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Wednesday, 26 April 2017

Event on the legacy of the first Greek constitutions

An event discussion on the first constitutions of the newly established Greek State (1821-1832) was organized by two Institutes of the European Public Law Organization (EPLO), namely the Institute for Justice and Growth and the Institute of Humanities and Culture Nikos Svoronos on Wednesday April 26, 2017 at the international organization EPLO in Athens.

The event titled "The Constitutions of Law during the independance period" was initiated by the welcoming address of Mr. Nicolas Kanellopoulos, President of the Institute for Justice and Growth, who underlined the fact that the first constitutions of the nation during the revolution time introduced the principle of popular sovereignty and created a legacy for the future.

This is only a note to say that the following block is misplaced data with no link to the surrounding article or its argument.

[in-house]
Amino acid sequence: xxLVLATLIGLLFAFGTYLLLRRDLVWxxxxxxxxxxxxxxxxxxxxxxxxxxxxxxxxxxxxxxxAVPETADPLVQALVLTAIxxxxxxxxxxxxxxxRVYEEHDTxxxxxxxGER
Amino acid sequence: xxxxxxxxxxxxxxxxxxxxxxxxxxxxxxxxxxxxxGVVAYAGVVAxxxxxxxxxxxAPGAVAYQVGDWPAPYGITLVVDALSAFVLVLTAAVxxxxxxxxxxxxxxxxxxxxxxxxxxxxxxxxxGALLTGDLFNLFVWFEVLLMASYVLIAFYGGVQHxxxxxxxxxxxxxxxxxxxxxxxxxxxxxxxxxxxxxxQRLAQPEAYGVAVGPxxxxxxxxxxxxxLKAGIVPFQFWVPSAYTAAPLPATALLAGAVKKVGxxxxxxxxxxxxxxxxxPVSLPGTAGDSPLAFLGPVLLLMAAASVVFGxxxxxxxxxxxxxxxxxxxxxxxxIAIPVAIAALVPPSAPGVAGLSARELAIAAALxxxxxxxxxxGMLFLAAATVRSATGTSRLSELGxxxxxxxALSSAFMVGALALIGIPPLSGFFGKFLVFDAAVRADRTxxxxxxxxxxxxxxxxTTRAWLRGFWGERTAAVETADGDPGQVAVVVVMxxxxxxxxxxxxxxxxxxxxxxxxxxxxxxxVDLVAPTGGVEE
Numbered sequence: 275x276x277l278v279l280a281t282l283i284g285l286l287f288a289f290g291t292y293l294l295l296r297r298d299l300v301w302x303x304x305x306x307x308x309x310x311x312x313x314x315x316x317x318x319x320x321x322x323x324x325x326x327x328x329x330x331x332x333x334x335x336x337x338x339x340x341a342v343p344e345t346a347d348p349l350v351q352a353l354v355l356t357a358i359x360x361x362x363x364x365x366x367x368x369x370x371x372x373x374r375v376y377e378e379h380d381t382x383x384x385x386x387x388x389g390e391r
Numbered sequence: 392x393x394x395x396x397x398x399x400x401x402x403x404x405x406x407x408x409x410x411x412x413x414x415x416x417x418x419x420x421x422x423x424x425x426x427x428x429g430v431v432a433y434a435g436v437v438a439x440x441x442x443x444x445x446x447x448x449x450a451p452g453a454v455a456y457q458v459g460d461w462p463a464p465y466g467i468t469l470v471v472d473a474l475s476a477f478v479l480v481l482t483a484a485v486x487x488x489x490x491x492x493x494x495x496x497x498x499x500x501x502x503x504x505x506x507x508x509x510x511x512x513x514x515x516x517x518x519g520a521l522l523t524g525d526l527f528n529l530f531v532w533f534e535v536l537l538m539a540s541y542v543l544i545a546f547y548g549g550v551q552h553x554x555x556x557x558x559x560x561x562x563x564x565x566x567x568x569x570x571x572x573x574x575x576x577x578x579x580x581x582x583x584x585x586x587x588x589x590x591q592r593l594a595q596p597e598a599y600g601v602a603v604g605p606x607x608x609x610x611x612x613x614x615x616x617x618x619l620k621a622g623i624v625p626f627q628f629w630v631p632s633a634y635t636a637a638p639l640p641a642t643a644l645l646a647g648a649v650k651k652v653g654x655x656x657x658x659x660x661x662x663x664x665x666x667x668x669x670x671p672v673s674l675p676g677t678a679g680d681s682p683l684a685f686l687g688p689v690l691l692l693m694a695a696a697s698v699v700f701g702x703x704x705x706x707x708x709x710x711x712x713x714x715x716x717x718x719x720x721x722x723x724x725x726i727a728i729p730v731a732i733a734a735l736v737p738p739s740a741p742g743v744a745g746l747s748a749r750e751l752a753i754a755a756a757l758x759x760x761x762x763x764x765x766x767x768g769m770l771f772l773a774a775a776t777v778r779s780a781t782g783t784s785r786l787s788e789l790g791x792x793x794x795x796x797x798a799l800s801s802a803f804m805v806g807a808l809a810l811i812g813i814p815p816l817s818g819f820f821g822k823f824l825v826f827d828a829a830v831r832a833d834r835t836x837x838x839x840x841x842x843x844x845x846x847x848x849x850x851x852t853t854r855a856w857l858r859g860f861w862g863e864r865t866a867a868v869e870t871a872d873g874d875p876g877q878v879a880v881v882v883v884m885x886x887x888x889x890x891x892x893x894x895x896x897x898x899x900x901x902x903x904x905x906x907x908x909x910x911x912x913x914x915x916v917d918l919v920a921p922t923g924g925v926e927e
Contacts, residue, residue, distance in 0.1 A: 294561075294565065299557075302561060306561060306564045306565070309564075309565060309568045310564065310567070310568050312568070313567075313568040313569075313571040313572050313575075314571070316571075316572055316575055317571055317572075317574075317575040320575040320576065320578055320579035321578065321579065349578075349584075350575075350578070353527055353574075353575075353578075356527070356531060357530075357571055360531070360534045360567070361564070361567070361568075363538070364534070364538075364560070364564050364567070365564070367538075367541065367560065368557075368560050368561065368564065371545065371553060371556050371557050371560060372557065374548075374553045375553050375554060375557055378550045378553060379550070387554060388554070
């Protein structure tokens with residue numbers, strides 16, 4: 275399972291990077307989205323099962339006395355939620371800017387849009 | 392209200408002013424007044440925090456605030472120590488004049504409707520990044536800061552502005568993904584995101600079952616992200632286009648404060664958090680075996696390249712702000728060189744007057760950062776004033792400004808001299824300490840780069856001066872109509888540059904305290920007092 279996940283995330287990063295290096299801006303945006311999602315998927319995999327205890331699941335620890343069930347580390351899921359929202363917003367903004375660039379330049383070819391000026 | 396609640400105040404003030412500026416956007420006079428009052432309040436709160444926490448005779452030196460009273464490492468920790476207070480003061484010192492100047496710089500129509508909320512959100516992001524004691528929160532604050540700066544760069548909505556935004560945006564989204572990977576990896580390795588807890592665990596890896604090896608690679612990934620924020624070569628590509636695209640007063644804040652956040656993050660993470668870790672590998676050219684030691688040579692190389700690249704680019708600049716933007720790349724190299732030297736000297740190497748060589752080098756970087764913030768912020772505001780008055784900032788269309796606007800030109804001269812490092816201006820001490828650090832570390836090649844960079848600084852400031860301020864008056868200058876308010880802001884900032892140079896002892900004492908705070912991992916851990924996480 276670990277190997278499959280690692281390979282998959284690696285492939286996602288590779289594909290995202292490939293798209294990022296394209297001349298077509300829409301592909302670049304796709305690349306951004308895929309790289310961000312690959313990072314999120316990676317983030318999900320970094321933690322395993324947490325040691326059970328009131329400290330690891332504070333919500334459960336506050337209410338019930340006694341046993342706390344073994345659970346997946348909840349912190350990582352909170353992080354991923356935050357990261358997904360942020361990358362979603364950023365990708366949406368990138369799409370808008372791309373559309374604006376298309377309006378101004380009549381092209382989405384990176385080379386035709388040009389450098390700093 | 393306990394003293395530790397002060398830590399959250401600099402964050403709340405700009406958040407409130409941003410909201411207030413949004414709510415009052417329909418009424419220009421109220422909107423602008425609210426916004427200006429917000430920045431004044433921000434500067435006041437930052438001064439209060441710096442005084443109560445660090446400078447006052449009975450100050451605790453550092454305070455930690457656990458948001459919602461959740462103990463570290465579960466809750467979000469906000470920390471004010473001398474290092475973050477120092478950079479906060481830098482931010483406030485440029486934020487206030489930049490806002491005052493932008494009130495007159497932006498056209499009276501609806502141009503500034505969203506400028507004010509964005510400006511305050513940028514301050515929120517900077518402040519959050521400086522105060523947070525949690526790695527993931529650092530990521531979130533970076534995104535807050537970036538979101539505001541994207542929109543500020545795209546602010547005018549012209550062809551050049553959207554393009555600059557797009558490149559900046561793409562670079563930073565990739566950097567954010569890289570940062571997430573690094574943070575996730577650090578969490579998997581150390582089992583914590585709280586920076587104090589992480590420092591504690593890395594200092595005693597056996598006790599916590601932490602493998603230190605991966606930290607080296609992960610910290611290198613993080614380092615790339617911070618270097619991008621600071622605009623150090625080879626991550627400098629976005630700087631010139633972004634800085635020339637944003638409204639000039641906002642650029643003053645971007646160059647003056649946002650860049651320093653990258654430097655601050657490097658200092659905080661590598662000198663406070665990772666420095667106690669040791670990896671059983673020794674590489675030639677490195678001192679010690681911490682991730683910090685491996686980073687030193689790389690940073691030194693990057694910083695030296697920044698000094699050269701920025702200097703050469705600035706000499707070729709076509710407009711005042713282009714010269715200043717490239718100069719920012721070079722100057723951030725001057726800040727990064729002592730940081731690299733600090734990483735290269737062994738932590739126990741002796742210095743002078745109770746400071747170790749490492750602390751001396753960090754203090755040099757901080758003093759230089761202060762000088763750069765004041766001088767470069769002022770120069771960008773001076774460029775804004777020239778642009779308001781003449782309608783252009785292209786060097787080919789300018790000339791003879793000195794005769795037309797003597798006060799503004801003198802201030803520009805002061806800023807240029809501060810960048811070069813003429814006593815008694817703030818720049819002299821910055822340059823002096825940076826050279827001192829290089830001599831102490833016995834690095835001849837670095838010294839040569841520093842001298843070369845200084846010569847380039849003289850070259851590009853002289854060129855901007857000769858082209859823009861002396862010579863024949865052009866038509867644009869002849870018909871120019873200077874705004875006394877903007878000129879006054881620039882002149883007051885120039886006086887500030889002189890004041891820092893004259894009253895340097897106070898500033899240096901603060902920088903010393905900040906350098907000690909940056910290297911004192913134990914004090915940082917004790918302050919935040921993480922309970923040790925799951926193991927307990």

Ms. Kalliopi (Kelly) Bourdara, Professor of History and Theory of law at the Law School of the Athens University and Director of the Institute of Humanities and Culture Nikos Svoronos coordinated the first pannel. During her introduction, she noted that the constitutions of the first national assemblies were mainly influenced by those of the US and France, but they actually re-introduced the Byzantine law which remained for several decades until the new laws were finally adopted.

The vice-president of the Council of State Mrs. Catherine Sakellaropoulou developed the theme "Constitutions during the struggle: the Law of the time of liberation".

Mr. Apostolos Papatolias, Dr of Constitutional Law, member of the Supreme Council for Civil Personnel Selection spoke on the constitutional ideology of 1821, the conflict but also the synthesis of tradition and modernity, during the early Greek constitution formation, while Ms. Chariklia Dimakopoulou, historian of Law and Institutions commented on the early violations of the constitutions.